On food and water security, he said the United Nations was doing a great deal in both areas to foster collaboration among States, but on the issue of water, it could do more to build synergies of technology, policy and capacity. Since 2008, Singapore had regarded water as a strategic resource and had invested considerable resources into testing new technologies. “We would be happy to share our experiences,” he said, adding that Singapore was a member of the Green Group, whose members discuss ways to augment collective experiences in water management. On other matters, he said there was a disconnect between the “proliferation” of resolutions generated each year and present realities, underscoring the need for more coordination between New York and the field. Timelines and objectives should be set on some resolutions and other texts should be retired.
Turning to the Global Governance Group, he said that grouping sought to act as a bridge between the United Nations and the G-20, focusing on areas of potential cooperation and calling for renewed commitment to a universal, rules-based, non-discriminatory multilateral trading system, which was key to achieving food security. As the only universal international organization, it was uniquely placed to influence the future. However, “we should not take this position for granted,” he cautioned, as globalization and economic integration had redefined global governance and decision-making since 1945. The United Nations must adjust to that new environment and it was up to Member States to rally the political will to set aside narrow self-interests and act for the collective good of future generations.
SERGEI N. MARTYNOV, Minister for Foreign Affairs of Belarus, said there was a pervasive feeling that chaos was engulfing the planet; one global crisis followed the next, international law was being shamelessly trampled and a growing number of people were suffering. “We need a global strategy against chaos,” he stressed, adding that it must be built on strengthening international law, establishing global partnerships and revitalizing the United Nations. In the area of international law, he said it was hardly an exaggeration to say that a civilization was determined by the extent of its transition from the rule of power to the rule of law.
In the Middle East, countries had the inalienable right to determine their own development and their choices must be respected, without interference into their internal affairs. Unfortunately, not every country complied with such obligations, as the United States had pursued an economic blockade against “freedom-loving” Cuba, which clearly violated United Nations principles and decisions. Belarus had also been under economic sanctions for the choice it made during its presidential election. But, Belarusians would never renounce their right of choice. “Neither sanctions nor blackmail nor threats will alter our stance,” he said, noting that the country stood ready to develop mutually beneficial cooperation with all countries.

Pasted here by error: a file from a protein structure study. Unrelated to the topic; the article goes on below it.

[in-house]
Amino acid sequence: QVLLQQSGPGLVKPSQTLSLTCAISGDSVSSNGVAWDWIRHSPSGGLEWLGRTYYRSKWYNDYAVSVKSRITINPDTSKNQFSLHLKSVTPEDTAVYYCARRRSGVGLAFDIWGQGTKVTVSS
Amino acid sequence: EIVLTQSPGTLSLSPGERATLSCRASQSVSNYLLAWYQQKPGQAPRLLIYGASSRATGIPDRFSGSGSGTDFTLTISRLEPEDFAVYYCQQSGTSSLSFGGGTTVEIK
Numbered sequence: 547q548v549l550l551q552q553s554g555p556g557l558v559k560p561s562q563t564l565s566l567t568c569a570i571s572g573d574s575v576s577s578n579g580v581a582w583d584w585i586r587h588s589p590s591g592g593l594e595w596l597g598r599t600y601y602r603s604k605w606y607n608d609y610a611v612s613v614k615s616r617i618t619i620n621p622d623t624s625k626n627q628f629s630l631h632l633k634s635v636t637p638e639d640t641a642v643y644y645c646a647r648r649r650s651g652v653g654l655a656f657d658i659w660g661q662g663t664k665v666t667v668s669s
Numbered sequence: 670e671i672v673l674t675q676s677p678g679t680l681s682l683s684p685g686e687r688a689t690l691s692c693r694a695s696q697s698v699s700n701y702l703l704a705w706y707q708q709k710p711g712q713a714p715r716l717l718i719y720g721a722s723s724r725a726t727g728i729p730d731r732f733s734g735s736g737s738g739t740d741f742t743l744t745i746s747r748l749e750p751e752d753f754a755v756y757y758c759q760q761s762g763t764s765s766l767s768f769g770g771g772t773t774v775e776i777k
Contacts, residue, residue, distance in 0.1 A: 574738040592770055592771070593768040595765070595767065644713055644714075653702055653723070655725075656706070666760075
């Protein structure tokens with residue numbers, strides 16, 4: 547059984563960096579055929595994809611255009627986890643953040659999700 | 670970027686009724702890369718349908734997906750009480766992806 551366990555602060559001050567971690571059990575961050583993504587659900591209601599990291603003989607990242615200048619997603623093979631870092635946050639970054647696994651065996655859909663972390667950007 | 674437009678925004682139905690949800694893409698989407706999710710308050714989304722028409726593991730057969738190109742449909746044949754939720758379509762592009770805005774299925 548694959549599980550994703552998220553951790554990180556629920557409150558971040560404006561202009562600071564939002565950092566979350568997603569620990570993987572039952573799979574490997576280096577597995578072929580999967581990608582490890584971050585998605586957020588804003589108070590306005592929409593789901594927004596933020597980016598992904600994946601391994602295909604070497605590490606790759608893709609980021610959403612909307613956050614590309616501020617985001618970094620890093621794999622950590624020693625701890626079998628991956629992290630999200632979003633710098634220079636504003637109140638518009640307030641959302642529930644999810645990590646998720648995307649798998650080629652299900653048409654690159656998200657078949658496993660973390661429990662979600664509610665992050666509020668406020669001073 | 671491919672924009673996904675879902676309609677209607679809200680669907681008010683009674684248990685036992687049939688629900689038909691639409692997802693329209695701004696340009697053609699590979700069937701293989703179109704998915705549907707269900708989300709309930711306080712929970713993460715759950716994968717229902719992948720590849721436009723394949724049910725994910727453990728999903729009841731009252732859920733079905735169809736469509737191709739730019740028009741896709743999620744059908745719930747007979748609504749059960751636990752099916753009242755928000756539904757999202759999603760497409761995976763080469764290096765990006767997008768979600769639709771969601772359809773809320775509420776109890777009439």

On global partnerships, he said transnational threats could not be addressed with traditional foreign policy tools like balance of power, spheres of influence and sanctions. New forms of cooperation were required that considered two major global shifts: from the “West to the Rest” and from States to non-State actors. Such partnerships could ensure a pooling of efforts by interested stakeholders in opposing an array of challenges that recognized no borders. In identifying specific approaches, it was important to address the issue of transfer of effective energy technologies to developing and middle-income countries, which was integral to tackling climate change. Such technologies had already found their practical application in many parts of the world, and it would be impossible to have a “green paradise” when poor countries lived in a “contaminated hell”.
With that, he suggested that Member States, through a General Assembly resolution, work to create a global mechanism that secured access to modern energy technologies for all countries. He noted the important strides that had been made in the past year in forging a global partnership against slavery and human trafficking, and said it also made sense to establish global partnerships to support youth. As for revitalizing the United Nations, the question hinged on the extent the Organization was “tenable” for devising and implementing a development strategy. “Let us be frank. Everyone bears grudges against the United Nations,” he said. In recent years, the United Nations appeared to have merely survived various crises, rather than solved or prevented them. But, the Member States were at fault. “Together, we failed both in grasping what kind of world we wanted to build and in adjusting the United Nations to the new realities,” he said.
Offering ideas, he said the Security Council must be enlarged in both its categories, above all, in the interests of developing nations, while its working methods must be brought into conformity with the “spirit of the age”. The Economic and Social Council should align itself with solutions to urgent problems faced by Member States. Also, a balance must be struck among the interests of various groups of countries, and Belarus would seek to guide United Nations agencies towards a more efficient response to the specific needs of middle-income countries. Finally, he underscored the need to enhance the United Nations’ mediation role in peaceful dispute settlement, including cooperation with regional structures like the Collective Security Treaty Organization.